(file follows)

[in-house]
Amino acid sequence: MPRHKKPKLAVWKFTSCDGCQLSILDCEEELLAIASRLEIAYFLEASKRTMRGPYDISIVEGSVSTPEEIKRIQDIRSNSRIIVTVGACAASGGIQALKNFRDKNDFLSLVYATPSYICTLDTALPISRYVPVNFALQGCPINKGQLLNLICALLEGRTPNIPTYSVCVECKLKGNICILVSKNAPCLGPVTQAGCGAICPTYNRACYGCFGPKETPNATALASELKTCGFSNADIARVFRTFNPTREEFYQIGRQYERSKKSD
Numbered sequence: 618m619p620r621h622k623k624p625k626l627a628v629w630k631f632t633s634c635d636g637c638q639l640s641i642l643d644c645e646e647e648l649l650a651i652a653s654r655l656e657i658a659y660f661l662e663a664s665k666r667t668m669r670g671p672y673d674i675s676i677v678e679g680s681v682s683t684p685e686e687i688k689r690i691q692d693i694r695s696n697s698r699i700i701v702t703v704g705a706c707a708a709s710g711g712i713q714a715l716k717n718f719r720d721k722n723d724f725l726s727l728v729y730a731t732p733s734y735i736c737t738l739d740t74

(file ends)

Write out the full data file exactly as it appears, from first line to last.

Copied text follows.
[in-house]
Amino acid sequence: MPRHKKPKLAVWKFTSCDGCQLSILDCEEELLAIASRLEIAYFLEASKRTMRGPYDISIVEGSVSTPEEIKRIQDIRSNSRIIVTVGACAASGGIQALKNFRDKNDFLSLVYATPSYICTLDTALPISRYVPVNFALQGCPINKGQLLNLICALLEGRTPNIPTYSVCVECKLKGNICILVSKNAPCLGPVTQAGCGAICPTYNRACYGCFGPKETPNATALASELKTCGFSNADIARVFRTFNPTREEFYQIGRQYERSKKSD
Numbered sequence: 618m619p620r621h622k623k624p625k626l627a628v629w630k631f632t633s634c635d636g637c638q639l640s641i642l643d644c645e646e647e648l649l650a651i652a653s654r655l656e657i658a659y660f661l662e663a664s665k666r667t668m669r670g671p672y673d674i675s676i677v678e679g680s681v682s683t684p685e686e687i688k689r690i691q692d693i694r695s696n697s698r699i700i701v702t703v704g705a706c707a708a709s710g711g712i713q714a715l716k717n718f719r720d721k722n723d724f725l726s727l728v729y730a731t732p733s734y735i736c737t738l739d740t74